Update: As of April 23, 2020, under an agreement with Governor Gretchen Witmer and the Department of Insurance and Financial Services, many credit unions and banks have agreed to provide homeowners in Michigan with a 60-day foreclosure moratorium and 90-day mortgage-payment relief during the coronavirus (COVID-19) outbreak.
Homeowners in Michigan usually get some time to breathe before facing a foreclosure after falling behind on mortgage payments. Under federal law, a servicer generally has to hold off on starting a foreclosure for 120 days. This period ensures that the borrower has sufficient opportunity to reinstate the loan (bring it current) or work out a foreclosure alternative, like a mortgage modification.
Although federal law typically provides homeowners a 120-day preforeclosure waiting period, all the foreclosing bank must do after it passes is:
Once completed, the bank is free to sell the home at auction. If the home sells for less than you owe, the bank can pursue you for the difference, called a deficiency. But after the sale, foreclosed homeowners get the right to buy the home back during the redemption period (and live in the property during this time) by paying the purchase price, plus certain costs and interest, to the new owner.
Under federal law, in most cases, a loan servicer can't officially start a foreclosure until the borrower is over 120 days' delinquent. (12 C.F.R. § 1024.41). This 120-day period is a good time to submit an application to your servicer asking for an alternative to foreclosure. You might be able to keep your home by entering into a repayment plan or getting a loan modification, for example. Or you might be able to give up the home without going through a foreclosure in a short sale or deed in lieu of foreclosure.
Federal mortgage servicing laws also impose other requirements on servicers. For example, the servicer has to try to contact you to discuss loss mitigation (foreclosure avoidance) options no later than 36 days after you miss a payment and again within 36 days after each missed payment—even if the servicer previously contacted you.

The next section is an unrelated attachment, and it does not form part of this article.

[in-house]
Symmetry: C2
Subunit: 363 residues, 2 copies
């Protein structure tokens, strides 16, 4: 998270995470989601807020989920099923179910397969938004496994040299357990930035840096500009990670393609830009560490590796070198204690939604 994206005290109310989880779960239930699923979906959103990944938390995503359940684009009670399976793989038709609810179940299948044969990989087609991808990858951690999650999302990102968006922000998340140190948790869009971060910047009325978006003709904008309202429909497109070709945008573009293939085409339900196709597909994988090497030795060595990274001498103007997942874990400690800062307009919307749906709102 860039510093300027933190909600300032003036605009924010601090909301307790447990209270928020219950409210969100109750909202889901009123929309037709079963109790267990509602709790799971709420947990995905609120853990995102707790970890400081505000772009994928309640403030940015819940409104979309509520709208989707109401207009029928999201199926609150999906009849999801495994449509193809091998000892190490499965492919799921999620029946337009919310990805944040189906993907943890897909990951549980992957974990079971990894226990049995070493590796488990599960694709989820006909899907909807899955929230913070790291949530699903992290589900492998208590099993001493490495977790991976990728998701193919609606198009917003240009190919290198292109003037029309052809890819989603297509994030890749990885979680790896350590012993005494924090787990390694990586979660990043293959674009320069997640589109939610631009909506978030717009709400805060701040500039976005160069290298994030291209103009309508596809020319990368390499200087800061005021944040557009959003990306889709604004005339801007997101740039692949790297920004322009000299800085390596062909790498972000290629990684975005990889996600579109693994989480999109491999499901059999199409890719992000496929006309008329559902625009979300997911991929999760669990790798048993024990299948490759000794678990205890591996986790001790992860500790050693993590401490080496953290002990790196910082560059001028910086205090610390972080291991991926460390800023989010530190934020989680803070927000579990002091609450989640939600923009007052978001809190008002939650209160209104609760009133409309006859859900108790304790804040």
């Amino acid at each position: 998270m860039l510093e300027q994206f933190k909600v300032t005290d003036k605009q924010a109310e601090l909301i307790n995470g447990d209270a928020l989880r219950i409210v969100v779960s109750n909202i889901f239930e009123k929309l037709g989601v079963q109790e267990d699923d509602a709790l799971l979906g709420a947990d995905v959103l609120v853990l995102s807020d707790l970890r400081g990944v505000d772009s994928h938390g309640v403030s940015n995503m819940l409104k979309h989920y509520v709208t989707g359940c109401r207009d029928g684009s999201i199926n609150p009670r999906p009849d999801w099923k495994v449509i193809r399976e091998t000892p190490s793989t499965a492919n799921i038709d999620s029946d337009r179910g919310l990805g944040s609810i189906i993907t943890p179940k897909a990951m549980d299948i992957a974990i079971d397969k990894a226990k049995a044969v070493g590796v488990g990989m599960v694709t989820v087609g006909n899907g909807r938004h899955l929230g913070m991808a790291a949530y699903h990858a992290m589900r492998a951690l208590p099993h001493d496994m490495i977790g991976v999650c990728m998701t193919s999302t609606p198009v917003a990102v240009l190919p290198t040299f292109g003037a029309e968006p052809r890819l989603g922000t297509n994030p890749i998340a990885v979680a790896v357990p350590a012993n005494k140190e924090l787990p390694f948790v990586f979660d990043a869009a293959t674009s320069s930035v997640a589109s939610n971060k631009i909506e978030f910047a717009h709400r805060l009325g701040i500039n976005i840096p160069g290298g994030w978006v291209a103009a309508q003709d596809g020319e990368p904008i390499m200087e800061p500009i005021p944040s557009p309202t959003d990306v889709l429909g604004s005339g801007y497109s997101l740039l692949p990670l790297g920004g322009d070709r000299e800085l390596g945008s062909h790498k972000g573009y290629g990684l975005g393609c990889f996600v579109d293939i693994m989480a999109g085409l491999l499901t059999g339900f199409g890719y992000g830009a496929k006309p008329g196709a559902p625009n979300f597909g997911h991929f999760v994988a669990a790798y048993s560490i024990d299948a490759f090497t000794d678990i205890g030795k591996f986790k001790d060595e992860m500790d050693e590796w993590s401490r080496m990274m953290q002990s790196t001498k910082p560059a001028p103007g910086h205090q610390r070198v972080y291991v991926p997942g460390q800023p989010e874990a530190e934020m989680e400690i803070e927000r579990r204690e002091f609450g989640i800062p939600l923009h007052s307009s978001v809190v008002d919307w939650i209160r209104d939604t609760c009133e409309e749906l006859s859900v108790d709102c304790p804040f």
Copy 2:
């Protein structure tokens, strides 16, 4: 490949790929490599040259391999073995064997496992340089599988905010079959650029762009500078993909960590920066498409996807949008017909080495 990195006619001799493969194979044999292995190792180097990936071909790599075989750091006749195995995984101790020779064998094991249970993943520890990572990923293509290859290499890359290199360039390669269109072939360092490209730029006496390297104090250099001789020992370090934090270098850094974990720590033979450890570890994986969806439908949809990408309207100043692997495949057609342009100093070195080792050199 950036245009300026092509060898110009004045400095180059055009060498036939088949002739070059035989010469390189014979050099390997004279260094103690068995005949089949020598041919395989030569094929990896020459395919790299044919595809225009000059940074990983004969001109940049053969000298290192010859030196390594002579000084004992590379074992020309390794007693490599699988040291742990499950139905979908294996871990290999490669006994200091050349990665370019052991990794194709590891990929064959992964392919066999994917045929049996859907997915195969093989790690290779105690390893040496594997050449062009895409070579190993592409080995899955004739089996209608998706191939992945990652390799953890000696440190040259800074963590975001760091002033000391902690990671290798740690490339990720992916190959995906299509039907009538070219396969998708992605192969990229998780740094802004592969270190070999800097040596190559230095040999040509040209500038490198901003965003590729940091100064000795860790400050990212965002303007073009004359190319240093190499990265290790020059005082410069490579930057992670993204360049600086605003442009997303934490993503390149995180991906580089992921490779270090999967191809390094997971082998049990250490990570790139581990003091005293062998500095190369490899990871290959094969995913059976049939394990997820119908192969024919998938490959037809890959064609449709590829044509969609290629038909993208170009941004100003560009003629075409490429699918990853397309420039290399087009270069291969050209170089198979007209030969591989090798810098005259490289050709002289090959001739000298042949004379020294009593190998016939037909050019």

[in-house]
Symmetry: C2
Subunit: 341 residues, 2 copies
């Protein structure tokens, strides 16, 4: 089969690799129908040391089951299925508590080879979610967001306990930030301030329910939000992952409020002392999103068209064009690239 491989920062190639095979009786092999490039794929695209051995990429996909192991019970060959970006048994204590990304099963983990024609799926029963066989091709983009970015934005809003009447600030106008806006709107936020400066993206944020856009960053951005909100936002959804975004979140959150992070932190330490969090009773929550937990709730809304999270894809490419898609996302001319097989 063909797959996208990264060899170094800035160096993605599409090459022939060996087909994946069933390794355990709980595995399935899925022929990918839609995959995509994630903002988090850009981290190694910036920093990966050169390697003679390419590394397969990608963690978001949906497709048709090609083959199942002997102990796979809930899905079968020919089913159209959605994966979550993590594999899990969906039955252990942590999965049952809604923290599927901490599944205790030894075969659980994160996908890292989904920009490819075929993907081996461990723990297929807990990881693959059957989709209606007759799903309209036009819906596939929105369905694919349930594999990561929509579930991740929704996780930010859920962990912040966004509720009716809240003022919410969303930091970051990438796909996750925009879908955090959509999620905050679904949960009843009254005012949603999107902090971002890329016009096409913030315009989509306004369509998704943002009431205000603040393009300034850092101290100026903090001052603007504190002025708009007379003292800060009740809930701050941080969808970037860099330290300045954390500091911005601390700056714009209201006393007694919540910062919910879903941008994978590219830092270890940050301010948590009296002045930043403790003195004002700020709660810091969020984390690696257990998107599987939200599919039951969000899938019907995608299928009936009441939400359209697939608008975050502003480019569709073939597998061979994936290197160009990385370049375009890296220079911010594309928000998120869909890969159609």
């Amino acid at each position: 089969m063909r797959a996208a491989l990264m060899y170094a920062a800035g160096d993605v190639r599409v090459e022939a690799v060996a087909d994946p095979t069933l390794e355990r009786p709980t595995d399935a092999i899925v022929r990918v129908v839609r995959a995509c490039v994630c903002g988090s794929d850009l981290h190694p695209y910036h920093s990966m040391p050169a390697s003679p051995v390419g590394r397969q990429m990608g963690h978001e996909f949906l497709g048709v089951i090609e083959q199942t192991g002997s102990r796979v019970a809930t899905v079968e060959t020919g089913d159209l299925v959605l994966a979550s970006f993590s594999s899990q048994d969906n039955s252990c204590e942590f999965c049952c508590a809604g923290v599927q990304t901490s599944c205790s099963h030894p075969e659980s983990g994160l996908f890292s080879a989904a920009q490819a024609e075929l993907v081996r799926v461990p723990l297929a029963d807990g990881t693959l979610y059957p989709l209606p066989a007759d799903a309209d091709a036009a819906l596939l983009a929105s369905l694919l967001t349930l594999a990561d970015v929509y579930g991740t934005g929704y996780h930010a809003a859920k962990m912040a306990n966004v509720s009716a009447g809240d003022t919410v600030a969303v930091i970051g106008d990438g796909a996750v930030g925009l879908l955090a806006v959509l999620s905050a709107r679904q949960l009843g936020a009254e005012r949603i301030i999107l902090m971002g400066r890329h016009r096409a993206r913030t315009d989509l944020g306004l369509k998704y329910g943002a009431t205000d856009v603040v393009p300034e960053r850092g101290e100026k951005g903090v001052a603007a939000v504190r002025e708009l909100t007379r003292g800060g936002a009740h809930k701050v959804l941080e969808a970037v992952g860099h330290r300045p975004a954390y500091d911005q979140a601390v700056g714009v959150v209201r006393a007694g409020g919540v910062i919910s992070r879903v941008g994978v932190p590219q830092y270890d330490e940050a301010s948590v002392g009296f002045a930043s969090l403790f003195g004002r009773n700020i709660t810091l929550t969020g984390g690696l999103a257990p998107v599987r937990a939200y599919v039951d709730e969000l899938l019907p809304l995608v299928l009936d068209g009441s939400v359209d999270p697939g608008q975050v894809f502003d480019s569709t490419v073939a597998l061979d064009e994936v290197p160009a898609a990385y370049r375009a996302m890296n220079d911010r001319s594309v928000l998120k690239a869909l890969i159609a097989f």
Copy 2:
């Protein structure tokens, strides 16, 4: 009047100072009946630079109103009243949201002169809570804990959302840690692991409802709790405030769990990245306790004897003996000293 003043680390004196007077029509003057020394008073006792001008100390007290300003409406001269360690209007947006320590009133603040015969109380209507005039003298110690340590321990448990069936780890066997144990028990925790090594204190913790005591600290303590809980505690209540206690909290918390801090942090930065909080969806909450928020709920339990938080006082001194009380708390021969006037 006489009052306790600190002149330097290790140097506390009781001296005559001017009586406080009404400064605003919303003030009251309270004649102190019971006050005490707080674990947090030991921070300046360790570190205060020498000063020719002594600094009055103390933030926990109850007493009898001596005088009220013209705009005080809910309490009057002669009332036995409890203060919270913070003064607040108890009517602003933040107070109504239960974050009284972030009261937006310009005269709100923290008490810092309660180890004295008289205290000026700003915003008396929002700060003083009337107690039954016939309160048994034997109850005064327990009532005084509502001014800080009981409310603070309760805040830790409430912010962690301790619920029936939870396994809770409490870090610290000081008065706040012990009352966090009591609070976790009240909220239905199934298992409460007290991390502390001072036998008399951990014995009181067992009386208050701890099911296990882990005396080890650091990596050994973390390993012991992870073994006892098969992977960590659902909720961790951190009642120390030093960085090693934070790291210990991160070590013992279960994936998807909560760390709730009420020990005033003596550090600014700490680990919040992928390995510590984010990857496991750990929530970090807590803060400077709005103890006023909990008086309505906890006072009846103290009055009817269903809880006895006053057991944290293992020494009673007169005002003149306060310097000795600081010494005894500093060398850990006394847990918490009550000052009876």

If you haven’t worked out a solution after the preforeclosure period ends, the bank can foreclose by suing you in court (a judicial foreclosure) or by following a series of legal steps outside of the court system (a nonjudicial foreclosure). Most banks opt to use the nonjudicial process because it’s quicker and costs less than litigating a lawsuit. So, this article focuses on that process.
To officially begin the foreclosure, the foreclosing bank publishes a notice of sale in a newspaper for four successive weeks at least once per week. Within 15 days after the first publication, a copy of the notice must be posted in a conspicuous place on the property. (Mich. Comp. Laws § 600.3208).
Michigan law doesn't require the bank to mail notice of the foreclosure to the borrower. But most mortgages in Michigan require the bank to send a 30-day notice of default to the borrower before starting foreclosure proceedings.
"Reinstating" is when the borrower pays the missed payments, plus fees and costs, to stop a foreclosure. While there is no statutory right to reinstate before the sale in Michigan, most mortgages give the borrower the right to reinstate the loan. Check your loan documents for details. Or the foreclosing party might allow a reinstatement.
In some states, including Michigan, the foreclosed homeowner may redeem the home after the foreclosure. In Michigan, the redemption period is:
Under Michigan law, foreclosed homeowners get the right to live in the property during the redemption period.
Generally, the new owner must wait until the redemption period expires to begin eviction proceedings. But the former owners must allow the new owner to inspect both the interior and exterior of the home during this time. The new owner of the home may begin eviction proceedings before the redemption period expires if:
When the borrower's total mortgage debt exceeds the foreclosure sale price, the difference is called a "deficiency." Some states allow the foreclosing bank to seek a personal judgment (called a "deficiency judgment") against the borrower for this amount, while other states prohibit deficiency judgments with what are called anti-deficiency laws.
Michigan doesn't have an anti-deficiency law. The foreclosing party may obtain a deficiency judgment following a nonjudicial foreclosure by filing a lawsuit. The borrower can contest the amount of the deficiency if:
If you have questions about the foreclosure process in Michigan or want to learn about potential defenses to a foreclosure, consider talking to a lawyer. It’s also a good idea to make an appointment to speak to a HUD-approved housing counselor, especially if you want to learn about different loss mitigation options.